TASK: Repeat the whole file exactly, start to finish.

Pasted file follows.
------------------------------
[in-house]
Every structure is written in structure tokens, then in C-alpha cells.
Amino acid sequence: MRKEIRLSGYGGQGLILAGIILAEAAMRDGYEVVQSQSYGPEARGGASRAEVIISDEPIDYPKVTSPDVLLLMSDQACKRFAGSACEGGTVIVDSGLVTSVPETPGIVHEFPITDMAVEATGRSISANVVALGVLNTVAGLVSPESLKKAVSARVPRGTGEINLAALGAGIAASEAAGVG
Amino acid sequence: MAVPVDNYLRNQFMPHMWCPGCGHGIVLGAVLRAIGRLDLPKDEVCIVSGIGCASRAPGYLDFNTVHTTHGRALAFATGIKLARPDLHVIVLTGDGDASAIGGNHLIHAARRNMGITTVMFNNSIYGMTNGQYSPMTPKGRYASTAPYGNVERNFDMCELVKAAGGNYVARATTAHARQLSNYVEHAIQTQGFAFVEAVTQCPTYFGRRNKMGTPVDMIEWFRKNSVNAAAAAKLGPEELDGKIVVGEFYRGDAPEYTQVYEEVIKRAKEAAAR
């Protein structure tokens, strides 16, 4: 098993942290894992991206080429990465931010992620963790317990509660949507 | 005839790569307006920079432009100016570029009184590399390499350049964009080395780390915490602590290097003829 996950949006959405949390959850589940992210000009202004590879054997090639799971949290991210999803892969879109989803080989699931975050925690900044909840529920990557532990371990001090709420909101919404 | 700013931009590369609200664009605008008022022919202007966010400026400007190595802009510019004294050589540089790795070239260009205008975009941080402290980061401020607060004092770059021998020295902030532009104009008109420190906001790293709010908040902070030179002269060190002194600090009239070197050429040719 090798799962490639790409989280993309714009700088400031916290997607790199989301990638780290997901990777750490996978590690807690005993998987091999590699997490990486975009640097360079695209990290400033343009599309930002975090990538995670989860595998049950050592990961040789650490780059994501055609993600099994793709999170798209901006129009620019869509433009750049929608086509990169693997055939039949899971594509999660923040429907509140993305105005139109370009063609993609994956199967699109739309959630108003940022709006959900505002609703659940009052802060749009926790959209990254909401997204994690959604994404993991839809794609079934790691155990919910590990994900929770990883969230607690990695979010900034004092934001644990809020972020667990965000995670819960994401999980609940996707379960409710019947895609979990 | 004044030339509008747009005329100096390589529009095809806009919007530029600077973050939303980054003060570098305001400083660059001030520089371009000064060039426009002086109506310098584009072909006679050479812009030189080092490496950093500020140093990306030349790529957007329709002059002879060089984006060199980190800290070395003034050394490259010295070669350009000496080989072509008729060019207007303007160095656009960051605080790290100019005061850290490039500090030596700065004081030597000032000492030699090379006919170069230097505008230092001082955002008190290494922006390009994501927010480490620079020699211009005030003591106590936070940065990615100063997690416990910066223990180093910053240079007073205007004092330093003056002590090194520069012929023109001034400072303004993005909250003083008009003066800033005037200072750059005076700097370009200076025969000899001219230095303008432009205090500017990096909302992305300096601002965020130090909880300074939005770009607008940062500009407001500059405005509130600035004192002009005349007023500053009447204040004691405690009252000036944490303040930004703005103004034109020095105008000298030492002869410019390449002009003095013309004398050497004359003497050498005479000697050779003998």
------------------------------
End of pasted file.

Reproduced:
[in-house]
Every structure is written in structure tokens, then in C-alpha cells.
Amino acid sequence: MRKEIRLSGYGGQGLILAGIILAEAAMRDGYEVVQSQSYGPEARGGASRAEVIISDEPIDYPKVTSPDVLLLMSDQACKRFAGSACEGGTVIVDSGLVTSVPETPGIVHEFPITDMAVEATGRSISANVVALGVLNTVAGLVSPESLKKAVSARVPRGTGEINLAALGAGIAASEAAGVG
Amino acid sequence: MAVPVDNYLRNQFMPHMWCPGCGHGIVLGAVLRAIGRLDLPKDEVCIVSGIGCASRAPGYLDFNTVHTTHGRALAFATGIKLARPDLHVIVLTGDGDASAIGGNHLIHAARRNMGITTVMFNNSIYGMTNGQYSPMTPKGRYASTAPYGNVERNFDMCELVKAAGGNYVARATTAHARQLSNYVEHAIQTQGFAFVEAVTQCPTYFGRRNKMGTPVDMIEWFRKNSVNAAAAAKLGPEELDGKIVVGEFYRGDAPEYTQVYEEVIKRAKEAAAR
């Protein structure tokens, strides 16, 4: 098993942290894992991206080429990465931010992620963790317990509660949507 | 005839790569307006920079432009100016570029009184590399390499350049964009080395780390915490602590290097003829 996950949006959405949390959850589940992210000009202004590879054997090639799971949290991210999803892969879109989803080989699931975050925690900044909840529920990557532990371990001090709420909101919404 | 700013931009590369609200664009605008008022022919202007966010400026400007190595802009510019004294050589540089790795070239260009205008975009941080402290980061401020607060004092770059021998020295902030532009104009008109420190906001790293709010908040902070030179002269060190002194600090009239070197050429040719 090798799962490639790409989280993309714009700088400031916290997607790199989301990638780290997901990777750490996978590690807690005993998987091999590699997490990486975009640097360079695209990290400033343009599309930002975090990538995670989860595998049950050592990961040789650490780059994501055609993600099994793709999170798209901006129009620019869509433009750049929608086509990169693997055939039949899971594509999660923040429907509140993305105005139109370009063609993609994956199967699109739309959630108003940022709006959900505002609703659940009052802060749009926790959209990254909401997204994690959604994404993991839809794609079934790691155990919910590990994900929770990883969230607690990695979010900034004092934001644990809020972020667990965000995670819960994401999980609940996707379960409710019947895609979990 | 004044030339509008747009005329100096390589529009095809806009919007530029600077973050939303980054003060570098305001400083660059001030520089371009000064060039426009002086109506310098584009072909006679050479812009030189080092490496950093500020140093990306030349790529957007329709002059002879060089984006060199980190800290070395003034050394490259010295070669350009000496080989072509008729060019207007303007160095656009960051605080790290100019005061850290490039500090030596700065004081030597000032000492030699090379006919170069230097505008230092001082955002008190290494922006390009994501927010480490620079020699211009005030003591106590936070940065990615100063997690416990910066223990180093910053240079007073205007004092330093003056002590090194520069012929023109001034400072303004993005909250003083008009003066800033005037200072750059005076700097370009200076025969000899001219230095303008432009205090500017990096909302992305300096601002965020130090909880300074939005770009607008940062500009407001500059405005509130600035004192002009005349007023500053009447204040004691405690009252000036944490303040930004703005103004034109020095105008000298030492002869410019390449002009003095013309004398050497004359003497050498005479000697050779003998």